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War reporter Barbara Schiavulli awarded Buk 2017 Prize

Journalist emphasizes importance of reporting, critical thinking

War reporter Barbara Schiavulli awarded Buk 2017 Prize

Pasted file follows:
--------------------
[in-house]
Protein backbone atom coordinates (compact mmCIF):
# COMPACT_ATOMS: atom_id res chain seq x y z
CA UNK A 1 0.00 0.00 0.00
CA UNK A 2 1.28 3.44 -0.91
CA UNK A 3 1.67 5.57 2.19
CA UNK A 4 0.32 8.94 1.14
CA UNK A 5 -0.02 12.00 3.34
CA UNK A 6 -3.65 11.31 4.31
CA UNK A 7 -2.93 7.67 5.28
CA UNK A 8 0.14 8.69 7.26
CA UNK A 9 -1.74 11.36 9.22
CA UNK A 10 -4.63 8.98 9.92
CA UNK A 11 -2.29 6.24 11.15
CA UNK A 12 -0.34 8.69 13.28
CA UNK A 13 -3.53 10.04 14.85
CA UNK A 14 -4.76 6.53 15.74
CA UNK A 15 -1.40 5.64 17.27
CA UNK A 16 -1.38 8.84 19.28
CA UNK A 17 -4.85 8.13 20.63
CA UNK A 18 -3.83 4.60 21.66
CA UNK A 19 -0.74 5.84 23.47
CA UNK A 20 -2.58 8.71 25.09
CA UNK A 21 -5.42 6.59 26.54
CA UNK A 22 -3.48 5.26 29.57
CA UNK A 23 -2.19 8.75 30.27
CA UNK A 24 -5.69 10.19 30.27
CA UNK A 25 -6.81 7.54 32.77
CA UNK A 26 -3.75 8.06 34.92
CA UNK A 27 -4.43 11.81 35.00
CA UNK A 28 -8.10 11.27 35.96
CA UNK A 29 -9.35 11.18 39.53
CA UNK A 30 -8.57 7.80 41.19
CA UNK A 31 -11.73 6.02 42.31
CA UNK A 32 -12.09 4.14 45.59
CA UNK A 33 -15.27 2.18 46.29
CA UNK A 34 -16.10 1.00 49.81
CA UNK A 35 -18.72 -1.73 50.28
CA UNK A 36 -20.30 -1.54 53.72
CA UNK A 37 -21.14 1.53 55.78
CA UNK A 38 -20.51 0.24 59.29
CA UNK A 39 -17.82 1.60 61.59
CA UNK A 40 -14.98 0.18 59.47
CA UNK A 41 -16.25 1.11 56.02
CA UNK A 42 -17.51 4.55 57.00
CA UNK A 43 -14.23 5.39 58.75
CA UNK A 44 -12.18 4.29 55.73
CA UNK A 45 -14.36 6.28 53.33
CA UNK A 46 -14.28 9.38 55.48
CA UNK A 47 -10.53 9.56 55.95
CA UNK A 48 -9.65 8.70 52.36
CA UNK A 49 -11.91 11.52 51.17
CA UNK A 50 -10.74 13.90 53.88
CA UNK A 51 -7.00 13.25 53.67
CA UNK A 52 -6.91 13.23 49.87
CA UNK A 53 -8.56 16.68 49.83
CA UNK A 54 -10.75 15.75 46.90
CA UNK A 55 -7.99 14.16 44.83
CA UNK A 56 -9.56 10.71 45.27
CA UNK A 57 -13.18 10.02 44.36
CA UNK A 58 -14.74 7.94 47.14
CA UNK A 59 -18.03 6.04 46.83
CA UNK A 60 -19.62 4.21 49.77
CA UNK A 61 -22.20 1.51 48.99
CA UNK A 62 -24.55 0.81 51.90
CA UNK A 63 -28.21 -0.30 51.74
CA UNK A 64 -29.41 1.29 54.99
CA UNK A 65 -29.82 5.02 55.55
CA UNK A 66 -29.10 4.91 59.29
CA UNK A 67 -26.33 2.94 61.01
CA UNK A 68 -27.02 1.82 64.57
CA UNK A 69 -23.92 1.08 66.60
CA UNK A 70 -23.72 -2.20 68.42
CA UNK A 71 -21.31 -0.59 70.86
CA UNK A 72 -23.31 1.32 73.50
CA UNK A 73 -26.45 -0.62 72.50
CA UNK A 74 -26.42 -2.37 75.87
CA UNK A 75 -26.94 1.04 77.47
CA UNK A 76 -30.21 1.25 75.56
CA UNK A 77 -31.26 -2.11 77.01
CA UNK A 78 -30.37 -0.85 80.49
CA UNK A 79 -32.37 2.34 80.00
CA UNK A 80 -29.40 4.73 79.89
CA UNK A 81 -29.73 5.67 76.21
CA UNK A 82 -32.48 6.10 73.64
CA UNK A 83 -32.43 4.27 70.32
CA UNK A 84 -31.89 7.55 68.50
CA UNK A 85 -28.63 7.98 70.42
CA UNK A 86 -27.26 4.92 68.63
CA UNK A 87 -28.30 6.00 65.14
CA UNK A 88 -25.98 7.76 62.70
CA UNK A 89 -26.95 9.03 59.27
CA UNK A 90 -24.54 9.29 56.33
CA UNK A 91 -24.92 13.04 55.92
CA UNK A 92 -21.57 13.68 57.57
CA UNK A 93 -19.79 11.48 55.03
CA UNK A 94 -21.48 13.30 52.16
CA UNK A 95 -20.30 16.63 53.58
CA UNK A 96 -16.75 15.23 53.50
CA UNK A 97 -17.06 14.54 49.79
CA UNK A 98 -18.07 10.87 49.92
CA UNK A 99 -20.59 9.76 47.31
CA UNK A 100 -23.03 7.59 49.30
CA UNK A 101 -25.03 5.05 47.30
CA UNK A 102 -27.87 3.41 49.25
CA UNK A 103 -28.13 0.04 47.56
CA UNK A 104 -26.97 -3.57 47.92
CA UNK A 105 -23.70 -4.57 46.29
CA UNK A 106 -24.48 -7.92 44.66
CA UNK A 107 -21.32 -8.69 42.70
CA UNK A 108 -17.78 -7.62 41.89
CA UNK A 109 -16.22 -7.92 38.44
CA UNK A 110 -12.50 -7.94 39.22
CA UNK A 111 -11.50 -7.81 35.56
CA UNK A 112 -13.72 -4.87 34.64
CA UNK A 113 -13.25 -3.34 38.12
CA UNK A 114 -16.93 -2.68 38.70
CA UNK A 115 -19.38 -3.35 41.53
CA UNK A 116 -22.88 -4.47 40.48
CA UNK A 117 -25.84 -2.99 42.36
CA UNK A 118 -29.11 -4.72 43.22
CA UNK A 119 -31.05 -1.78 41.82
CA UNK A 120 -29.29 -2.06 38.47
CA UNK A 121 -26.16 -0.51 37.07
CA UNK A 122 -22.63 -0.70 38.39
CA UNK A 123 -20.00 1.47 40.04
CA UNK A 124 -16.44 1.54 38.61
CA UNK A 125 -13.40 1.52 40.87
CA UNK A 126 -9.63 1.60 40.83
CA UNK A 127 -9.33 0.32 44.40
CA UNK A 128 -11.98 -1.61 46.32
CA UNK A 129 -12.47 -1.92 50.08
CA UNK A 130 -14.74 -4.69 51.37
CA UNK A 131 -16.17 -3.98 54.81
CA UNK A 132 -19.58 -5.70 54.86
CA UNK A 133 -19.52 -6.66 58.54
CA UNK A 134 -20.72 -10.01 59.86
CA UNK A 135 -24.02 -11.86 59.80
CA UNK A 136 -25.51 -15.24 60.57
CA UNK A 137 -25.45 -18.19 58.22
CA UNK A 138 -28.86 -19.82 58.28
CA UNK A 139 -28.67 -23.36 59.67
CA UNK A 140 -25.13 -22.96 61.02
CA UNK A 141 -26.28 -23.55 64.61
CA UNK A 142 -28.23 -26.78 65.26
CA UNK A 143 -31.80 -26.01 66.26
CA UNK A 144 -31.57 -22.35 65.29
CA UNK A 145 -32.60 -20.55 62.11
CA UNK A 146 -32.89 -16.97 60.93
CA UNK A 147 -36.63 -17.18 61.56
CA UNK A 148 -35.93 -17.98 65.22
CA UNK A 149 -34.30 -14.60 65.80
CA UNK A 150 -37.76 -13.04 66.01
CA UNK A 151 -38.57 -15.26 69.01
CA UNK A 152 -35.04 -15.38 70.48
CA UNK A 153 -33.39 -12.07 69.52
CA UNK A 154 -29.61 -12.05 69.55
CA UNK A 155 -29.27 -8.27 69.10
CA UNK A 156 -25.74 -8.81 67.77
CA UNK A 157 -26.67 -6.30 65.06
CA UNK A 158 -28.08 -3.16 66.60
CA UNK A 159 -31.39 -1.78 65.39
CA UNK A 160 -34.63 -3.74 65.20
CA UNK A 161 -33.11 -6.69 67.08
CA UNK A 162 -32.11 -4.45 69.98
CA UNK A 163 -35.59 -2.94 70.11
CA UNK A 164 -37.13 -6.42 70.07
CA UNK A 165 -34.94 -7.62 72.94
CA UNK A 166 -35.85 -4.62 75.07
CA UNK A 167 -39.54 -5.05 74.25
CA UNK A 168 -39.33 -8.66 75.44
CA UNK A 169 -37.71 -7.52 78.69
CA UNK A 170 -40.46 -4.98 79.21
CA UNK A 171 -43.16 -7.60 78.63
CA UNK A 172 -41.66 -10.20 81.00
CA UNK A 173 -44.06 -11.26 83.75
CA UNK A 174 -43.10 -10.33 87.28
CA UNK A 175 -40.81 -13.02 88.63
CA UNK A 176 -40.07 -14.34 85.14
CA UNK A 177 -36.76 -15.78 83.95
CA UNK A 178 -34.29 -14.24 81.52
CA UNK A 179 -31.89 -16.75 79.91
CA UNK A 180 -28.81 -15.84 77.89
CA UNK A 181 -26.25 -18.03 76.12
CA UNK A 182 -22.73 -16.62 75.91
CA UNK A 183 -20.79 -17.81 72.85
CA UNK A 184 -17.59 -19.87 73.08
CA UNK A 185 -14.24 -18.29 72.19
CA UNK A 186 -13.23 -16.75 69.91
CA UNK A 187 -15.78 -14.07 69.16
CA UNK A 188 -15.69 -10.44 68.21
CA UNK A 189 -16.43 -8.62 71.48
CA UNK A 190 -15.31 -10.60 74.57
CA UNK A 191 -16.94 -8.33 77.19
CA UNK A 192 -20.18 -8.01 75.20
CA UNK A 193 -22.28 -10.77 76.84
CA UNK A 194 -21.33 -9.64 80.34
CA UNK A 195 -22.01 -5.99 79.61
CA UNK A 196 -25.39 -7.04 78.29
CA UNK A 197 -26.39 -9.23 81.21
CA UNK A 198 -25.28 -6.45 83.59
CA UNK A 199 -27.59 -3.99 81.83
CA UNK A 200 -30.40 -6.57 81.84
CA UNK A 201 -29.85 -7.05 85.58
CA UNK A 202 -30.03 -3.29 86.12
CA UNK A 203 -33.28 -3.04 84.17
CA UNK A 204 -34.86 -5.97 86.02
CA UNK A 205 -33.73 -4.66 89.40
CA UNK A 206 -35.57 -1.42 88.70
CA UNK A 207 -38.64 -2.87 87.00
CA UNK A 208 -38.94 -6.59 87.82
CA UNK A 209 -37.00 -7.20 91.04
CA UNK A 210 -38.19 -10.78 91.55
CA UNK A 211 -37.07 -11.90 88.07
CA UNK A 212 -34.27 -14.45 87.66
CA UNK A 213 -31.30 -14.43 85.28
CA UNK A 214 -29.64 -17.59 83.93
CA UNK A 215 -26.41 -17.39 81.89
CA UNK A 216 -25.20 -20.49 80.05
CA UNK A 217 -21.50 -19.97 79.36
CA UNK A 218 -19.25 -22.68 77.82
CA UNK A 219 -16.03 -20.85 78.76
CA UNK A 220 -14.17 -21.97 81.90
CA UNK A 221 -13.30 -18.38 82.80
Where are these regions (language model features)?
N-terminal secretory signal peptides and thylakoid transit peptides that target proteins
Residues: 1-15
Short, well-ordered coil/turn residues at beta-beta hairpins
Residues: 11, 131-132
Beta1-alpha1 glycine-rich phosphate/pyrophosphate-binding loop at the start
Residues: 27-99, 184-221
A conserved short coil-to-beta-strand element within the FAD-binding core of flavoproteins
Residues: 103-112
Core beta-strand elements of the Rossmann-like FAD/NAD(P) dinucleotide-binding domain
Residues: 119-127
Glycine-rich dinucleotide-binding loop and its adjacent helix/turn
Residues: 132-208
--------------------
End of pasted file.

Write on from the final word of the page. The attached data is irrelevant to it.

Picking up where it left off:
Rome, February 16 - Italian war reporter Barbara Schiavulli is being honored with the Special Prize at the 2017 Modena 'Buk' Book Festival, which will be held February 18 and 19 at the city's Foro Boario conference centre. She told ANSA that despite the fact that nowadays telling the difference between real news and fake news is increasingly more difficult, it's also more necessary. The 'Premio Speciale Buk 2017' prize is being given to Schiavulli in recognition of "the effort that for many years has brought together the qualities of war reporting with the ability to tell stories from the front lines through the pages of a book". Schiavulli, who has reported from the front lines of many of the most significant war zones over the past 20 years, is the author of the Italian graphic novel 'Bulletproof Diaries - Stories from a war reporter' published by Round Robin with illustrations by Emilio Lecce. She is also the co-founder of the web radio station 'Radio Bullets'. "This prize is important because it's a recognition of our web radio station, which was founded two years ago," she said. "The skill of those who do this work and the pride of those who want to do it well is that you must take a bit more time to dive deeper into the news. You have to decide what you prefer: whether you want to be an assurance for the reader, or instead give information quickly but risk it being wrong. As a reader as well, I prefer to be sure of what I'm reading". Schiavulli said that nowadays there's a marked difference between journalism and information. "Anyone can produce information, while a journalist is a professional who evaluates, investigates, researches and gives you something that's verified and correct," she said. She said journalism is currently in a transition phase in which it's hitting rock bottom. "It all has to be renewed, starting with people's minds. Journalism needs to rethink itself and go back to the role that's expected of it in society, that of a watchdog over power". She said young people must be educated about how they consume the news. "We have to educate young people to know that they can find everything and the opposite of everything, and that they can be manipulated," she said. "We have to teach young people to think critically and that one needs to see and hear in order to tell". photo: Schiavulli in Baghdad in 2005

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